There does not need to be any "balance of justice" the power and authority needs to be entirely in the teachers hand and as was always once the case, provided that power is not being misused and abused - which is for legal jurisdiction to decide and not a never ending list of possible scenarios and possible outcomes.

      Here as elsewhere, there seems to be every kind of intellectual diversion employed in order to avoid faceing the issue which teachers and politicians between them have themselves created. Put power back into the teachers hands and we may start getting on with education rather than discipline or that which is so nicety called "behavioural management".

      It is not "new powers to discipline" but the "old" powers that will provide any solution.

    • Re : New powers to discipline
      31 July 2010 - 11:30

      When you say "There does not need to be any "balance of justice" the power and authority needs to be entirely in the teachers hand"

      what do you propose?
      what should the rights of the teacher extend to, and what rights if any is the child entitled to?
      also where does the teacher's authority derive from?
      and how will giving all the power and authority to the teacher prepare children to participate in a society of equals when they leave school? Are you not just asking to breed a generation of half-subordinate half-rebellious adults?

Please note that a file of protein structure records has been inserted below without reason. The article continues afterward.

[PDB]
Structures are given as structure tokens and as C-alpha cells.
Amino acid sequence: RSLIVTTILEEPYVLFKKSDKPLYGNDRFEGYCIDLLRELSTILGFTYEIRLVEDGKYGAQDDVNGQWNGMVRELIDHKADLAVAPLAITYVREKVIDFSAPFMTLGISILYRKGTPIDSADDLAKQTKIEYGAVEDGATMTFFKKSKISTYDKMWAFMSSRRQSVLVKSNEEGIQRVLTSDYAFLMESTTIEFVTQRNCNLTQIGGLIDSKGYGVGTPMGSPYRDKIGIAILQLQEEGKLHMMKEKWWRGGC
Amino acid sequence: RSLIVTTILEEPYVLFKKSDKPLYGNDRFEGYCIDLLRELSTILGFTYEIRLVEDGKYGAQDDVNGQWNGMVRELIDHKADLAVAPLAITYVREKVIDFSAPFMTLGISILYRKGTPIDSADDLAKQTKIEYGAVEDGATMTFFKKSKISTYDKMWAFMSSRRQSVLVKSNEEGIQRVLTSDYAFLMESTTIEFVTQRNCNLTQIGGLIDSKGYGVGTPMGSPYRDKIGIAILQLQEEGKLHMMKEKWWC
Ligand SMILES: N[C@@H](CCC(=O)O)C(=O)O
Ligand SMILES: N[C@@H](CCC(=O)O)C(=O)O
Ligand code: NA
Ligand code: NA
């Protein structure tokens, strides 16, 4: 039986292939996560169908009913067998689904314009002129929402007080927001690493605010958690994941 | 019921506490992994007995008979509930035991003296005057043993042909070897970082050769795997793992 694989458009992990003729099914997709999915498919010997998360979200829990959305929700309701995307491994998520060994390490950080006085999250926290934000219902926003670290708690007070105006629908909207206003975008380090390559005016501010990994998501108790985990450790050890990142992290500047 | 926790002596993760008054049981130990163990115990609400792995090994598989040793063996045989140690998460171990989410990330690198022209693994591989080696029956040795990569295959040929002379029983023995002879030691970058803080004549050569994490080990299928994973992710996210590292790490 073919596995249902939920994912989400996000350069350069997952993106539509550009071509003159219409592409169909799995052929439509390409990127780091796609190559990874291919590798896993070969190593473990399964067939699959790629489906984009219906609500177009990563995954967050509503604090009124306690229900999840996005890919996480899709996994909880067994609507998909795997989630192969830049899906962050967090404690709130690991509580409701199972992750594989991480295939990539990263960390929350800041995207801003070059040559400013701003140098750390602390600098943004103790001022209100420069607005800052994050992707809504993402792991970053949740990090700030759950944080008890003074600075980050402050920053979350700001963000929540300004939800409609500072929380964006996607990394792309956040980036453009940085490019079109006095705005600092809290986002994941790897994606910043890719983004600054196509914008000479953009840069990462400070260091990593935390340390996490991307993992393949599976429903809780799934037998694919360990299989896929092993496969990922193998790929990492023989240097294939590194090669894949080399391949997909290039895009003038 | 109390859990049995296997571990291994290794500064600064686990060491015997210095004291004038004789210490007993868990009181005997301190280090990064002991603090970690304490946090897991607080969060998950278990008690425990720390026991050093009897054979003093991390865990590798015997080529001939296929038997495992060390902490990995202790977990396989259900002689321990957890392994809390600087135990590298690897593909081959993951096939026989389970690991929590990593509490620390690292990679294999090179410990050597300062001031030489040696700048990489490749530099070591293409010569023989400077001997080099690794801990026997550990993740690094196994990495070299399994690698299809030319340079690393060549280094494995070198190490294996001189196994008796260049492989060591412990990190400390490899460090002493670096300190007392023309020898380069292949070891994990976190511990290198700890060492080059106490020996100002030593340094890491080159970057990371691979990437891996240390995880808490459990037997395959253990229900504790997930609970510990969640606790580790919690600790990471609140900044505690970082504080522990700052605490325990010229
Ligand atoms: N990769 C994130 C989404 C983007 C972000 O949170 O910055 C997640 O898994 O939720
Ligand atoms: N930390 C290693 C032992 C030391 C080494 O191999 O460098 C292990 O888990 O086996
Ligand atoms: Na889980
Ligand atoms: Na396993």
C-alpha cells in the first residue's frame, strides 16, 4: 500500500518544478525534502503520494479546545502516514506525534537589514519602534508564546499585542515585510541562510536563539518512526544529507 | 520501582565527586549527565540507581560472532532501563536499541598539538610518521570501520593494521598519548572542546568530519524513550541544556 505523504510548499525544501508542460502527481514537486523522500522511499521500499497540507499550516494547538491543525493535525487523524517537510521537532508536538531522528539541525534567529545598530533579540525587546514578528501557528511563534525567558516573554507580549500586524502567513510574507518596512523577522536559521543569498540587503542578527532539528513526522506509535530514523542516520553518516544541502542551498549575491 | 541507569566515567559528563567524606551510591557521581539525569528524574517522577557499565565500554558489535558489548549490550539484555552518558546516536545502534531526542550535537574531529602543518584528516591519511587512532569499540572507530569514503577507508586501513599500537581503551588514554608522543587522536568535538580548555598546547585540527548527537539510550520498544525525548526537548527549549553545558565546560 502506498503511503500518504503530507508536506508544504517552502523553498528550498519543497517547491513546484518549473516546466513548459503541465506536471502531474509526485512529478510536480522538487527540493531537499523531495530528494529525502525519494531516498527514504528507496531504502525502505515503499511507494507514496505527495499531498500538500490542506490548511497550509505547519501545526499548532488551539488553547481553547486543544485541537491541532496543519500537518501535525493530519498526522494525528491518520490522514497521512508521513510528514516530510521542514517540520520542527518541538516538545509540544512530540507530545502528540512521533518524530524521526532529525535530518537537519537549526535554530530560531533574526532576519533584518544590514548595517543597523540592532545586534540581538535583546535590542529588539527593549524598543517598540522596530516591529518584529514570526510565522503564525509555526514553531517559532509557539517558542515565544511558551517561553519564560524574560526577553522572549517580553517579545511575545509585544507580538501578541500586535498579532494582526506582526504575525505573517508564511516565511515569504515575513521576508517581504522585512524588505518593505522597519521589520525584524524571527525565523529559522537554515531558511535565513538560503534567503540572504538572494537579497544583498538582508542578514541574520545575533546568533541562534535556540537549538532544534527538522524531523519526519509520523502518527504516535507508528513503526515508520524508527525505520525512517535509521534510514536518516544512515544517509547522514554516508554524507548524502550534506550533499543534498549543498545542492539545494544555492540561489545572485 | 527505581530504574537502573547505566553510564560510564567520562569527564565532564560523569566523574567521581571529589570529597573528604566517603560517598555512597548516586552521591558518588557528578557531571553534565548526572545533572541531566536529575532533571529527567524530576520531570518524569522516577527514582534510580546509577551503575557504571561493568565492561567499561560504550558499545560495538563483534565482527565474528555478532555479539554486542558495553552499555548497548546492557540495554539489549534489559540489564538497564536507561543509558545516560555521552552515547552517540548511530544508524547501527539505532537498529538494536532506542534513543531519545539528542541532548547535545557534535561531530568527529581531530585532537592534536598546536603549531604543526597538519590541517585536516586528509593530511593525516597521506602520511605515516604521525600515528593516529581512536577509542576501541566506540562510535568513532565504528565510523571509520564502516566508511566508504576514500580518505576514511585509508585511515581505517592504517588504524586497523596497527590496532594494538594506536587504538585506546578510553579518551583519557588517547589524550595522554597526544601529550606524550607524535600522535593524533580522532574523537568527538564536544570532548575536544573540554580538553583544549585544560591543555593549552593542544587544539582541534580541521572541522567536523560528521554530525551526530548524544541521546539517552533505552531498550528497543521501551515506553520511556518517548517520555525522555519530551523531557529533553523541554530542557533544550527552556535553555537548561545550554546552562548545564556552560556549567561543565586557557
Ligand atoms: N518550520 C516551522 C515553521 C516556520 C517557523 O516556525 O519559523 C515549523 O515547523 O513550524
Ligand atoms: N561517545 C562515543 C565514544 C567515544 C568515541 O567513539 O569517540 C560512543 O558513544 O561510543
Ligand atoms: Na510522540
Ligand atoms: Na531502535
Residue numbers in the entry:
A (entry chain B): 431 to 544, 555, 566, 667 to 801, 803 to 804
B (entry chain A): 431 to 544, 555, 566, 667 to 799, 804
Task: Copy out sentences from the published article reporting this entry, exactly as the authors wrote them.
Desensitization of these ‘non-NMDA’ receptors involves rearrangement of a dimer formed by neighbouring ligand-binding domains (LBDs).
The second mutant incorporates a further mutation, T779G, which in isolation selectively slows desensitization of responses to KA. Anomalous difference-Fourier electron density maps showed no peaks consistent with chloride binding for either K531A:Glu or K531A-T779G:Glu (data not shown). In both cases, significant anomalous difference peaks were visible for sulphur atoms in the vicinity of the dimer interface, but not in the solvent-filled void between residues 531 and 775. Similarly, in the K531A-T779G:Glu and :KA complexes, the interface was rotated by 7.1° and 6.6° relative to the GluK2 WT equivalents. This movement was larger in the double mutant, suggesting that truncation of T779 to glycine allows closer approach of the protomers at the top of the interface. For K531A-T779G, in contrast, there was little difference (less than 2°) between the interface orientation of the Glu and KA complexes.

Very interested in your opinions friend!


    • Re : New powers to discipline
      31 July 2010 - 11:53

      Quote: "where does the teacher's authority derive from?"
      That's a moot point.
      All I know is that in S.E.Asian society, where I was a guest for over 10 years, the very fact of being a teacher automatically earns you the highest respect that society can bestow. Students come to class eager - even desperate - to learn. They don't consider issues such as "rights" for anyone: to them, it's perfectly clear what is supposed to happen in an educational environment, and I never had any behaviour or discipline problems with any of my students during all that time.